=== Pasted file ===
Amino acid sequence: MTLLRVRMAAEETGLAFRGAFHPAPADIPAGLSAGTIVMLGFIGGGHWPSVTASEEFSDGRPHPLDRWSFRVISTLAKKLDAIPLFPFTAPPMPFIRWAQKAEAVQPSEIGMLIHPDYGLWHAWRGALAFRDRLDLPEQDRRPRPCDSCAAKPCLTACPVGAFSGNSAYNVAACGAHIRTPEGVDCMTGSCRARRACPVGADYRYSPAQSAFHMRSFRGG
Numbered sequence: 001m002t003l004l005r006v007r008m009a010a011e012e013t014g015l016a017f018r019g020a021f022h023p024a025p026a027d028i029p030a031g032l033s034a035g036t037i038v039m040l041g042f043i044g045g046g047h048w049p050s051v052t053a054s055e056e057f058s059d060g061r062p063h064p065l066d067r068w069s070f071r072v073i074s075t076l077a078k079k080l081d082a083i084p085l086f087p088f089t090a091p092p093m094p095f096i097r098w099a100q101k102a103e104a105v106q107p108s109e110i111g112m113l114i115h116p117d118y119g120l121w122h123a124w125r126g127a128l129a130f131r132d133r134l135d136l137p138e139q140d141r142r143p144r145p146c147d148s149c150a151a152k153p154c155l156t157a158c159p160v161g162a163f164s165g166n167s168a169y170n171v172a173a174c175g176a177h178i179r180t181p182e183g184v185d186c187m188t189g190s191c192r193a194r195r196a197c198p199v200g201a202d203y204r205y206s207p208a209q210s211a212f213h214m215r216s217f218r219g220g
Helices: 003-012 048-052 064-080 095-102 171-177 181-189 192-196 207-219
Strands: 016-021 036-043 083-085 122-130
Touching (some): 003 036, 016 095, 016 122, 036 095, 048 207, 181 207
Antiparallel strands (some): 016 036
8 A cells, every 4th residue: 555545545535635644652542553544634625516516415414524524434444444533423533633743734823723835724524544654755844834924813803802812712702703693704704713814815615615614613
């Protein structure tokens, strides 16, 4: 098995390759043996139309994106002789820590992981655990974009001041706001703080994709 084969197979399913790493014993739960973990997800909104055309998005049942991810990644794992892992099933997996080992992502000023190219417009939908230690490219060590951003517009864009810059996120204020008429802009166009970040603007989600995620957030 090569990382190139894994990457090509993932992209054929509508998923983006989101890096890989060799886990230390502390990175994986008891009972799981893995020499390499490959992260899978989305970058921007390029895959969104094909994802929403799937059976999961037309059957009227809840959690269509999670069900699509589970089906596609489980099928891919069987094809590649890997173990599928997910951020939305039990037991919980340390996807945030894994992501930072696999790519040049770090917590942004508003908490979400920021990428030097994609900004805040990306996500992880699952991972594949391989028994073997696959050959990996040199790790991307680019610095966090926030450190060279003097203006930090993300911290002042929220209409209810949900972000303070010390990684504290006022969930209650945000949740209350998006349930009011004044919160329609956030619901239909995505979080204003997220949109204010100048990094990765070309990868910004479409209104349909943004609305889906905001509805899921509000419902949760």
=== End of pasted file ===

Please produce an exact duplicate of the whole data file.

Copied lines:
Amino acid sequence: MTLLRVRMAAEETGLAFRGAFHPAPADIPAGLSAGTIVMLGFIGGGHWPSVTASEEFSDGRPHPLDRWSFRVISTLAKKLDAIPLFPFTAPPMPFIRWAQKAEAVQPSEIGMLIHPDYGLWHAWRGALAFRDRLDLPEQDRRPRPCDSCAAKPCLTACPVGAFSGNSAYNVAACGAHIRTPEGVDCMTGSCRARRACPVGADYRYSPAQSAFHMRSFRGG
Numbered sequence: 001m002t003l004l005r006v007r008m009a010a011e012e013t014g015l016a017f018r019g020a021f022h023p024a025p026a027d028i029p030a031g032l033s034a035g036t037i038v039m040l041g042f043i044g045g046g047h048w049p050s051v052t053a054s055e056e057f058s059d060g061r062p063h064p065l066d067r068w069s070f071r072v073i074s075t076l077a078k079k080l081d082a083i084p085l086f087p088f089t090a091p092p093m094p095f096i097r098w099a100q101k102a103e104a105v106q107p108s109e110i111g112m113l114i115h116p117d118y119g120l121w122h123a124w125r126g127a128l129a130f131r132d133r134l135d136l137p138e139q140d141r142r143p144r145p146c147d148s149c150a151a152k153p154c155l156t157a158c159p160v161g162a163f164s165g166n167s168a169y170n171v172a173a174c175g176a177h178i179r180t181p182e183g184v185d186c187m188t189g190s191c192r193a194r195r196a197c198p199v200g201a202d203y204r205y206s207p208a209q210s211a212f213h214m215r216s217f218r219g220g
Helices: 003-012 048-052 064-080 095-102 171-177 181-189 192-196 207-219
Strands: 016-021 036-043 083-085 122-130
Touching (some): 003 036, 016 095, 016 122, 036 095, 048 207, 181 207
Antiparallel strands (some): 016 036
8 A cells, every 4th residue: 555545545535635644652542553544634625516516415414524524434444444533423533633743734823723835724524544654755844834924813803802812712702703693704704713814815615615614613
């Protein structure tokens, strides 16, 4: 098995390759043996139309994106002789820590992981655990974009001041706001703080994709 084969197979399913790493014993739960973990997800909104055309998005049942991810990644794992892992099933997996080992992502000023190219417009939908230690490219060590951003517009864009810059996120204020008429802009166009970040603007989600995620957030 090569990382190139894994990457090509993932992209054929509508998923983006989101890096890989060799886990230390502390990175994986008891009972799981893995020499390499490959992260899978989305970058921007390029895959969104094909994802929403799937059976999961037309059957009227809840959690269509999670069900699509589970089906596609489980099928891919069987094809590649890997173990599928997910951020939305039990037991919980340390996807945030894994992501930072696999790519040049770090917590942004508003908490979400920021990428030097994609900004805040990306996500992880699952991972594949391989028994073997696959050959990996040199790790991307680019610095966090926030450190060279003097203006930090993300911290002042929220209409209810949900972000303070010390990684504290006022969930209650945000949740209350998006349930009011004044919160329609956030619901239909995505979080204003997220949109204010100048990094990765070309990868910004479409209104349909943004609305889906905001509805899921509000419902949760």